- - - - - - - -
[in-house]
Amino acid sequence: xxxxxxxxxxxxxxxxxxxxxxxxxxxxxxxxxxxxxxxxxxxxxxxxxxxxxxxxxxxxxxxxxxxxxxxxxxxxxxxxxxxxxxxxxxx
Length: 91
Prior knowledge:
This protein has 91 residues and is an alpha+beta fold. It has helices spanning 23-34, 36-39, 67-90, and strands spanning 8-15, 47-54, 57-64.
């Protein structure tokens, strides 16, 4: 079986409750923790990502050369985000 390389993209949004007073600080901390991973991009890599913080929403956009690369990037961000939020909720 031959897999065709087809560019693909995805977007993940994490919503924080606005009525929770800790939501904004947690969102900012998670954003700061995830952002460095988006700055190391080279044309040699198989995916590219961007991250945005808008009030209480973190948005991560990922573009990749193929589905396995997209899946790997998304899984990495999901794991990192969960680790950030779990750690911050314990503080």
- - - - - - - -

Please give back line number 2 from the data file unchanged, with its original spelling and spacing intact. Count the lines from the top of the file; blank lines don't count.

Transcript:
Amino acid sequence: xxxxxxxxxxxxxxxxxxxxxxxxxxxxxxxxxxxxxxxxxxxxxxxxxxxxxxxxxxxxxxxxxxxxxxxxxxxxxxxxxxxxxxxxxxx